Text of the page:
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Morg: Out of this batch of responses, only you have bred T. Marms without fridging. You noted that your Marms did not experience a temperature lower than 10-12C. Was this the normal low-temperature range, or was this just the extreme? I have dropped by male down to 18C (from 20-22C) and have restricted his daylight hours, and this has definitely prompted him to enter into breeding-type behaviour (he has become aquatic, and his cloaca is swollen). In your experience, should I assume that I must fridge him to complete his transition?
 

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Morg: Out of this batch of responses, only you have bred T. Marms without fridging. You noted that your Marms did not experience a temperature lower than 10-12C. Was this the normal low-temperature range, or was this just the extreme? I have dropped by male down to 18C (from 20-22C) and have restricted his daylight hours, and this has definitely prompted him to enter into breeding-type behaviour (he has become aquatic, and his cloaca is swollen). In your experience, should I assume that I must fridge him to complete his transition?
The temperature mentioned is the average temperature in my newt room in the winter.
I PERSONALY dont know anybody who fridges their marmoratus to induce breeding, but know lots of people who have had breedings without doing so.[although I do know that some people do this with good success]
My only experiences with overwintering newts in a fridge was many many years ago, and the newts died shortly after removing them from the fridge so I have never used the method since.

A friend of mine kept marmoratus in her kitchen, where the temperature drop through the winter was even less than in my newt room due to the kitchen being centraly heated.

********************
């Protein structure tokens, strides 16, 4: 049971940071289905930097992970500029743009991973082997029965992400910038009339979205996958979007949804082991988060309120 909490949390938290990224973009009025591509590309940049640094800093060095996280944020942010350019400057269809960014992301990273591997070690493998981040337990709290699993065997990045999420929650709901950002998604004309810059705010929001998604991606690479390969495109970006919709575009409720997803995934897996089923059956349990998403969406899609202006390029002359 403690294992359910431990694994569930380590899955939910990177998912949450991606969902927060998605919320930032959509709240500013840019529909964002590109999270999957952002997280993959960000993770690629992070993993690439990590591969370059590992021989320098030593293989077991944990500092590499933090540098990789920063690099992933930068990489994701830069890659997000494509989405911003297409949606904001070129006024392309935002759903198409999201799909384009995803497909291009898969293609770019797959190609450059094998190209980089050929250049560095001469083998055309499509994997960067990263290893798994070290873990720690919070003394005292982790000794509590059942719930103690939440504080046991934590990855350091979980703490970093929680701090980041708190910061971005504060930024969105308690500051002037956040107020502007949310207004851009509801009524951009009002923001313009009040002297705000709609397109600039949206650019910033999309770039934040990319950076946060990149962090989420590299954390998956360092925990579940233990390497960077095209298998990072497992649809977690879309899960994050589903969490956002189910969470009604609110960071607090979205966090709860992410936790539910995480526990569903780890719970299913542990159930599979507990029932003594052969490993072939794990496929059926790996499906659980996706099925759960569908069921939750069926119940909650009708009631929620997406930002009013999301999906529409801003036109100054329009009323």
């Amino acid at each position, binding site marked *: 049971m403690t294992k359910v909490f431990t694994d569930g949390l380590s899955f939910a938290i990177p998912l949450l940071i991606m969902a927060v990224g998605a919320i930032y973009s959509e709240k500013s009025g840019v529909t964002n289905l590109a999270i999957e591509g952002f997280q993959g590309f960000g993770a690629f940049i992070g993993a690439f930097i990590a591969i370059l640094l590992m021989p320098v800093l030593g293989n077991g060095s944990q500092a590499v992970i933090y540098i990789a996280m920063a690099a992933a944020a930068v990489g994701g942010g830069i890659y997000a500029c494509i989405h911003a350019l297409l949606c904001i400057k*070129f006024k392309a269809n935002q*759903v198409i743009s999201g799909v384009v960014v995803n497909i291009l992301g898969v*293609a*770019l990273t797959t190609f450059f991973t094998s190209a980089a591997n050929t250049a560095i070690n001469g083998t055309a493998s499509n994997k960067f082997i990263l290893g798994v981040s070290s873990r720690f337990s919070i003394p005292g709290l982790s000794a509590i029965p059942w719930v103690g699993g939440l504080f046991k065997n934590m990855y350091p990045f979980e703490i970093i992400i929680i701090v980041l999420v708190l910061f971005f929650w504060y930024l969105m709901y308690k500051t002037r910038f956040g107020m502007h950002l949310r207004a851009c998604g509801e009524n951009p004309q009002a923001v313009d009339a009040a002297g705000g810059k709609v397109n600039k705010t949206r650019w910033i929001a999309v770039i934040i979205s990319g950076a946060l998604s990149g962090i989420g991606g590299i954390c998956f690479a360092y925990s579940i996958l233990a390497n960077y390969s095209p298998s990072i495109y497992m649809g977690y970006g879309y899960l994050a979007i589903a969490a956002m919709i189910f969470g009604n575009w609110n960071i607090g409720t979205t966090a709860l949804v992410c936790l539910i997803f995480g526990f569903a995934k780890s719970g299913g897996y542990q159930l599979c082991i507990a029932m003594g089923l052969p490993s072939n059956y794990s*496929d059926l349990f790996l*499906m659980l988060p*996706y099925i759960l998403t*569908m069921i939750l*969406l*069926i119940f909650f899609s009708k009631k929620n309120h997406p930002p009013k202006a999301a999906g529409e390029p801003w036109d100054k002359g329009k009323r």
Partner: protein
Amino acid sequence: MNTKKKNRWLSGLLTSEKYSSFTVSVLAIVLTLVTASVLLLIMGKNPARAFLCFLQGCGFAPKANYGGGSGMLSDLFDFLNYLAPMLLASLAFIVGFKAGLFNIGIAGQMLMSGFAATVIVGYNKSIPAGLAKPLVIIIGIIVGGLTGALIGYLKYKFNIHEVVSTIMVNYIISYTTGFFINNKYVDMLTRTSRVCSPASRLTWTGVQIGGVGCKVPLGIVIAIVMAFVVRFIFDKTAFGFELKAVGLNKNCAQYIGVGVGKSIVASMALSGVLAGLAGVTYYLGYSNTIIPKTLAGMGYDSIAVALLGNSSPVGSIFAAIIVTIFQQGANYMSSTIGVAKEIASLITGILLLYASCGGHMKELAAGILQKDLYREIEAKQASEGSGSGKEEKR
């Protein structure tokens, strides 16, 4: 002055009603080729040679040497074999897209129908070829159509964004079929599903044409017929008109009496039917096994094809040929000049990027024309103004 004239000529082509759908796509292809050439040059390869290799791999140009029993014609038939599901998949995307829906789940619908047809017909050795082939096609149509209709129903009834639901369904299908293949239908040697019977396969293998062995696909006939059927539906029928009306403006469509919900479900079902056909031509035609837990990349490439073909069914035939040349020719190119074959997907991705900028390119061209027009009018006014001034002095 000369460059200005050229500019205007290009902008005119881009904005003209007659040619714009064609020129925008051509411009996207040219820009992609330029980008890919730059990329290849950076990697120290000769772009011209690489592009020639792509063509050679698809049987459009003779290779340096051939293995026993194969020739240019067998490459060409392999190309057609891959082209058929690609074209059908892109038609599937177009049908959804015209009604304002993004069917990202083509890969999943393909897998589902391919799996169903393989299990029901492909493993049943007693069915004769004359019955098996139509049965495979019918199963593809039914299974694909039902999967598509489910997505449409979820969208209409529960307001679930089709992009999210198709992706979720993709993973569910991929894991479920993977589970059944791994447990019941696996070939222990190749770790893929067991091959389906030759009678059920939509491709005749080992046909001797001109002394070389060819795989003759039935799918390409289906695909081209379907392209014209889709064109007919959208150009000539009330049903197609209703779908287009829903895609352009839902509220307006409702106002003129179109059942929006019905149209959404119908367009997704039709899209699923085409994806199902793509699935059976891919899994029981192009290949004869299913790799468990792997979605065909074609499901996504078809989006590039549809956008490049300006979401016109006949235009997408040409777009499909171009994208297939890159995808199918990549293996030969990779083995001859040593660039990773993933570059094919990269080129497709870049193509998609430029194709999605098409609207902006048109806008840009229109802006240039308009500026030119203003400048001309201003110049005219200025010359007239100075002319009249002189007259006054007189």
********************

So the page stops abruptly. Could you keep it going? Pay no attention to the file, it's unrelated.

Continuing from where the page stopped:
The newts got the natural photoperiod through the year, and bred for her twice.
 

firedreams

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Hi all,

I just wanted to let everyone know that my T. Marms did produce a baby this year! I chose not to fridge the parents, but it seems that a shortened daylight period plus my cool and air conditioned basement was enough to trigger breeding. My female is quite young (1 yr?), so most of her eggs did not hatch, but one did and today s/he morphed! I'm very happy, and hopefully next year will bring a more fruitful breeding season! Thanks everyone for the advice and help!

Pic: My little morph taking her first steps on land!

 

redtxn

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Interesting thread. Chilling them to force a climate change to induce breeding. I guess I need to research how adaptable they are to sudden temperature changes.

Would you accomplish this by gradually lowing the temperature of their tank or just thermal shock them by moving them to a fridge or unheated room for a couple of months?
 

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Looks great, that's one large morph.

At what size did your newts bred? My T. marmoratus are now approximately 12cm in size now and i hope to breed them this winter.
 

firedreams

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12cm is around the right size. The trick is convincing them to start going in the water..